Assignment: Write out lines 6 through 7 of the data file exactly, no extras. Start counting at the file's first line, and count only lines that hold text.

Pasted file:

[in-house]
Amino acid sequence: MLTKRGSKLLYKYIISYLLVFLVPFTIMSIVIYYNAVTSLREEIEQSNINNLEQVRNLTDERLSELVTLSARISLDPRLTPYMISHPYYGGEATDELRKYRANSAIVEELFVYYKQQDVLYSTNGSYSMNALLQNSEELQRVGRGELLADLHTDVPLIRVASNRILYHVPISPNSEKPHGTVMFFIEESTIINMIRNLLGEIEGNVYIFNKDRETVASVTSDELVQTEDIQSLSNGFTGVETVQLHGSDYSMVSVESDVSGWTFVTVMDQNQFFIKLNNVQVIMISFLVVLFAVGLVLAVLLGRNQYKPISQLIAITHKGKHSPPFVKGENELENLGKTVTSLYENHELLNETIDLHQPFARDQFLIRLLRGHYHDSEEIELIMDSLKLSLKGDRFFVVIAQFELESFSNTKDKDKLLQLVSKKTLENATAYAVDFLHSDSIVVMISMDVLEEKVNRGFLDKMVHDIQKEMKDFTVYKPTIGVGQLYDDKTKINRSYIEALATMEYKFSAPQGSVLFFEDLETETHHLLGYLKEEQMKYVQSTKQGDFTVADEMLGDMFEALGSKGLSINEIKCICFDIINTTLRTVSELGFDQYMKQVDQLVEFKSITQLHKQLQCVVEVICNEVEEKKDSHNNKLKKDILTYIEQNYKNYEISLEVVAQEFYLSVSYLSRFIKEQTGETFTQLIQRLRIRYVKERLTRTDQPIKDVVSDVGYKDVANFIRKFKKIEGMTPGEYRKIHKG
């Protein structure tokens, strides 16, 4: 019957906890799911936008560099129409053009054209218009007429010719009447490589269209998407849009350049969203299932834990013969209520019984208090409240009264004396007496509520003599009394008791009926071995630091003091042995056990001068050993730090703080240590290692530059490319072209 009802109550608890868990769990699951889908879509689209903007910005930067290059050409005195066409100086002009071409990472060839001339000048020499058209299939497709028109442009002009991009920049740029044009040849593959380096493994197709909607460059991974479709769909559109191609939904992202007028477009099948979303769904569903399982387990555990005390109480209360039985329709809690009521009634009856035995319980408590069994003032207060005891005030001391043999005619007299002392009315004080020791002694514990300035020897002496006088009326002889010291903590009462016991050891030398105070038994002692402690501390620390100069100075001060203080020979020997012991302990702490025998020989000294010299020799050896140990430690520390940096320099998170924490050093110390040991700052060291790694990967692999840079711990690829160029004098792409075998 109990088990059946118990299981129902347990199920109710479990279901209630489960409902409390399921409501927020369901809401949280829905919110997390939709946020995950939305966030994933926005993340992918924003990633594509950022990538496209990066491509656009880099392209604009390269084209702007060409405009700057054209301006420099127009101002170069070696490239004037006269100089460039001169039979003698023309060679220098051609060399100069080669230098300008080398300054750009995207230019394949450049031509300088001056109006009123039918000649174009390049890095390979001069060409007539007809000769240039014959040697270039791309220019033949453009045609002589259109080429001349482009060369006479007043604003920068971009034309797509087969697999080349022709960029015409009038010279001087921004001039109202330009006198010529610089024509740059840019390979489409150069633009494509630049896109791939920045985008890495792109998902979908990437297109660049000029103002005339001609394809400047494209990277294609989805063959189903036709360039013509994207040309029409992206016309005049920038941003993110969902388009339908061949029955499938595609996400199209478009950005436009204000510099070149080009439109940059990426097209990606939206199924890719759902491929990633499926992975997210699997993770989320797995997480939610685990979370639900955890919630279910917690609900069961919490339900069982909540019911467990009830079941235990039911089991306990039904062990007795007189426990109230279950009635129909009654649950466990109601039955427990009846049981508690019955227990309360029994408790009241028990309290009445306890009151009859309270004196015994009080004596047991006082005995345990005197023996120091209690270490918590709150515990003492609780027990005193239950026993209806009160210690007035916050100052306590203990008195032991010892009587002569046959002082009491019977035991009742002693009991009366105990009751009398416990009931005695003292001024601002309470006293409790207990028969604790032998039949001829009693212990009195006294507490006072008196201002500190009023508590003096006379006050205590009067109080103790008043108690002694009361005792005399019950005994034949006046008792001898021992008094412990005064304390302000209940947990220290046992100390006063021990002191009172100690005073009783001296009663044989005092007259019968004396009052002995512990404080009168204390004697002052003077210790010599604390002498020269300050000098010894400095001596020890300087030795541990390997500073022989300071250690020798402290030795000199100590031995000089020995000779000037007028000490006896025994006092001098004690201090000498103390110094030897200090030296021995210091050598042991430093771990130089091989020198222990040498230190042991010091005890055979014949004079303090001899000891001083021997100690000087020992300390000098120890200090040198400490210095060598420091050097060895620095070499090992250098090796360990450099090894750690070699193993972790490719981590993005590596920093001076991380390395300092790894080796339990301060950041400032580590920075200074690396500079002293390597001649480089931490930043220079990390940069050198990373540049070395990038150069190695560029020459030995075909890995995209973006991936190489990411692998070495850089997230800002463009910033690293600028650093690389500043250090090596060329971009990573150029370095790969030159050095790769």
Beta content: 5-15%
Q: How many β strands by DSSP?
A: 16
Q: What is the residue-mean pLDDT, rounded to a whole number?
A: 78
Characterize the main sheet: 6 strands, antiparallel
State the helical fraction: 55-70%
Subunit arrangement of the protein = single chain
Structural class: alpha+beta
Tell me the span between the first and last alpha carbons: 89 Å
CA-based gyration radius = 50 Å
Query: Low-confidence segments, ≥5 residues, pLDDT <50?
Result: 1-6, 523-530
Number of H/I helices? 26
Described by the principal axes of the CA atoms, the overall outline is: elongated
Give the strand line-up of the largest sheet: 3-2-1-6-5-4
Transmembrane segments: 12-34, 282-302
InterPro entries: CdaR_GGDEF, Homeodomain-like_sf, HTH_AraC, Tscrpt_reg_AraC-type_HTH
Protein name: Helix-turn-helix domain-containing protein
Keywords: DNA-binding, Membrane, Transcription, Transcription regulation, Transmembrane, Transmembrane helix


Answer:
A: 16
Q: What is the residue-mean pLDDT, rounded to a whole number?